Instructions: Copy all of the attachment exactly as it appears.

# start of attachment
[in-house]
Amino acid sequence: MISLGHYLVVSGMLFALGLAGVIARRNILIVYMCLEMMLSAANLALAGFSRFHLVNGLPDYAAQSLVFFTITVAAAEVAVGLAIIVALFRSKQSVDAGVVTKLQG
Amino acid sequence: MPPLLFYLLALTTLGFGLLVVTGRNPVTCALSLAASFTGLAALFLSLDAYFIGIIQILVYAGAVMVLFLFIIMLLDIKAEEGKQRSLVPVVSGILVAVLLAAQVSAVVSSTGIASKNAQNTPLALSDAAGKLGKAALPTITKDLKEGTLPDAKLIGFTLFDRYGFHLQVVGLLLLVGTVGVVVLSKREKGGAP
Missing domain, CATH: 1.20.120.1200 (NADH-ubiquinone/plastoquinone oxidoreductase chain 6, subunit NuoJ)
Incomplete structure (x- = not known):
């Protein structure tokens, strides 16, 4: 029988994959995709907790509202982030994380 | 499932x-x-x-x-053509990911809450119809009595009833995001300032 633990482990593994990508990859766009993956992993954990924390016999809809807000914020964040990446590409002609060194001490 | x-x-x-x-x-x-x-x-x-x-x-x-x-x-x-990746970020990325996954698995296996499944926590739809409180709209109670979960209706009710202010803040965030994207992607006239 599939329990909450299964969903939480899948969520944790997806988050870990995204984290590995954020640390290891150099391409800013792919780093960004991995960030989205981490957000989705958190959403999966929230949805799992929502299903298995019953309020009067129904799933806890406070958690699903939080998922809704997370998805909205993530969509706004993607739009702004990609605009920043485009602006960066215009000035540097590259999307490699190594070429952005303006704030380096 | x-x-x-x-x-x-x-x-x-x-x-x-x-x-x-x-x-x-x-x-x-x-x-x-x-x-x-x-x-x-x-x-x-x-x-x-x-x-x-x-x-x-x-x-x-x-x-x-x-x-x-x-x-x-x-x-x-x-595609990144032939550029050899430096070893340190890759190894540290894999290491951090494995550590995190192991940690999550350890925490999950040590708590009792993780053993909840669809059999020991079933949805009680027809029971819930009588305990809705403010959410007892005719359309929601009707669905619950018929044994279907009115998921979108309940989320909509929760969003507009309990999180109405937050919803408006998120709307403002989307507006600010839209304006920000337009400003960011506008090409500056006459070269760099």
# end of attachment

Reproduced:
[in-house]
Amino acid sequence: MISLGHYLVVSGMLFALGLAGVIARRNILIVYMCLEMMLSAANLALAGFSRFHLVNGLPDYAAQSLVFFTITVAAAEVAVGLAIIVALFRSKQSVDAGVVTKLQG
Amino acid sequence: MPPLLFYLLALTTLGFGLLVVTGRNPVTCALSLAASFTGLAALFLSLDAYFIGIIQILVYAGAVMVLFLFIIMLLDIKAEEGKQRSLVPVVSGILVAVLLAAQVSAVVSSTGIASKNAQNTPLALSDAAGKLGKAALPTITKDLKEGTLPDAKLIGFTLFDRYGFHLQVVGLLLLVGTVGVVVLSKREKGGAP
Missing domain, CATH: 1.20.120.1200 (NADH-ubiquinone/plastoquinone oxidoreductase chain 6, subunit NuoJ)
Incomplete structure (x- = not known):
């Protein structure tokens, strides 16, 4: 029988994959995709907790509202982030994380 | 499932x-x-x-x-053509990911809450119809009595009833995001300032 633990482990593994990508990859766009993956992993954990924390016999809809807000914020964040990446590409002609060194001490 | x-x-x-x-x-x-x-x-x-x-x-x-x-x-x-990746970020990325996954698995296996499944926590739809409180709209109670979960209706009710202010803040965030994207992607006239 599939329990909450299964969903939480899948969520944790997806988050870990995204984290590995954020640390290891150099391409800013792919780093960004991995960030989205981490957000989705958190959403999966929230949805799992929502299903298995019953309020009067129904799933806890406070958690699903939080998922809704997370998805909205993530969509706004993607739009702004990609605009920043485009602006960066215009000035540097590259999307490699190594070429952005303006704030380096 | x-x-x-x-x-x-x-x-x-x-x-x-x-x-x-x-x-x-x-x-x-x-x-x-x-x-x-x-x-x-x-x-x-x-x-x-x-x-x-x-x-x-x-x-x-x-x-x-x-x-x-x-x-x-x-x-x-x-595609990144032939550029050899430096070893340190890759190894540290894999290491951090494995550590995190192991940690999550350890925490999950040590708590009792993780053993909840669809059999020991079933949805009680027809029971819930009588305990809705403010959410007892005719359309929601009707669905619950018929044994279907009115998921979108309940989320909509929760969003507009309990999180109405937050919803408006998120709307403002989307507006600010839209304006920000337009400003960011506008090409500056006459070269760099």